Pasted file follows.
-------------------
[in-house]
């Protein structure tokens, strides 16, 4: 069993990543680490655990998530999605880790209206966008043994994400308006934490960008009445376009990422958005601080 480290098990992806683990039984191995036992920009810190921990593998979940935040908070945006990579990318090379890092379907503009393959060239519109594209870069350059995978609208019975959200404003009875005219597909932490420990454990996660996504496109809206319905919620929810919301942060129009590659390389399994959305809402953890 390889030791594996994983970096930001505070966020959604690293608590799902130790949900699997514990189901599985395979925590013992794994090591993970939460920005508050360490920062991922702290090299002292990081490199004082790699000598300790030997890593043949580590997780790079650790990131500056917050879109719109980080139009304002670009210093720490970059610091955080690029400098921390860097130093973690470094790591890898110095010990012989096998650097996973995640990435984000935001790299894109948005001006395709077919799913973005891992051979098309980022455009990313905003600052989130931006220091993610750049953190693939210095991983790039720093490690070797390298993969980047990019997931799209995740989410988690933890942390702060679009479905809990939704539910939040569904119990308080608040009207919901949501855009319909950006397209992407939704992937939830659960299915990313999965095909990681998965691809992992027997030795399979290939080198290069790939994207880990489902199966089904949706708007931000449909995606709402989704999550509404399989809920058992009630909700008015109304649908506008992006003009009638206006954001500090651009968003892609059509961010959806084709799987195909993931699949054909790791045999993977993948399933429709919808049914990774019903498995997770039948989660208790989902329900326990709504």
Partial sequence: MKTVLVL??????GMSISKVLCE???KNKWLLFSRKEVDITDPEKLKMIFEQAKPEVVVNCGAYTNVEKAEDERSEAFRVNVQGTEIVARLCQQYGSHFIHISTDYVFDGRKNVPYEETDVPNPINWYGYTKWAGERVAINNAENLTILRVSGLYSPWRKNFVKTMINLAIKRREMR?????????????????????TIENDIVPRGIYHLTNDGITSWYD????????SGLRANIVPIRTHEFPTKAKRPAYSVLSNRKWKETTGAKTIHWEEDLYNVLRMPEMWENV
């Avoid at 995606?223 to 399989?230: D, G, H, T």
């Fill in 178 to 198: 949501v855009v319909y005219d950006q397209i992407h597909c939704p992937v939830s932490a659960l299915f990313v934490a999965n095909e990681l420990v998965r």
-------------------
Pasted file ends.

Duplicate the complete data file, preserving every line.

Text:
[in-house]
């Protein structure tokens, strides 16, 4: 069993990543680490655990998530999605880790209206966008043994994400308006934490960008009445376009990422958005601080 480290098990992806683990039984191995036992920009810190921990593998979940935040908070945006990579990318090379890092379907503009393959060239519109594209870069350059995978609208019975959200404003009875005219597909932490420990454990996660996504496109809206319905919620929810919301942060129009590659390389399994959305809402953890 390889030791594996994983970096930001505070966020959604690293608590799902130790949900699997514990189901599985395979925590013992794994090591993970939460920005508050360490920062991922702290090299002292990081490199004082790699000598300790030997890593043949580590997780790079650790990131500056917050879109719109980080139009304002670009210093720490970059610091955080690029400098921390860097130093973690470094790591890898110095010990012989096998650097996973995640990435984000935001790299894109948005001006395709077919799913973005891992051979098309980022455009990313905003600052989130931006220091993610750049953190693939210095991983790039720093490690070797390298993969980047990019997931799209995740989410988690933890942390702060679009479905809990939704539910939040569904119990308080608040009207919901949501855009319909950006397209992407939704992937939830659960299915990313999965095909990681998965691809992992027997030795399979290939080198290069790939994207880990489902199966089904949706708007931000449909995606709402989704999550509404399989809920058992009630909700008015109304649908506008992006003009009638206006954001500090651009968003892609059509961010959806084709799987195909993931699949054909790791045999993977993948399933429709919808049914990774019903498995997770039948989660208790989902329900326990709504």
Partial sequence: MKTVLVL??????GMSISKVLCE???KNKWLLFSRKEVDITDPEKLKMIFEQAKPEVVVNCGAYTNVEKAEDERSEAFRVNVQGTEIVARLCQQYGSHFIHISTDYVFDGRKNVPYEETDVPNPINWYGYTKWAGERVAINNAENLTILRVSGLYSPWRKNFVKTMINLAIKRREMR?????????????????????TIENDIVPRGIYHLTNDGITSWYD????????SGLRANIVPIRTHEFPTKAKRPAYSVLSNRKWKETTGAKTIHWEEDLYNVLRMPEMWENV
């Avoid at 995606?223 to 399989?230: D, G, H, T």
């Fill in 178 to 198: 949501v855009v319909y005219d950006q397209i992407h597909c939704p992937v939830s932490a659960l299915f990313v934490a999965n095909e990681l420990v998965r």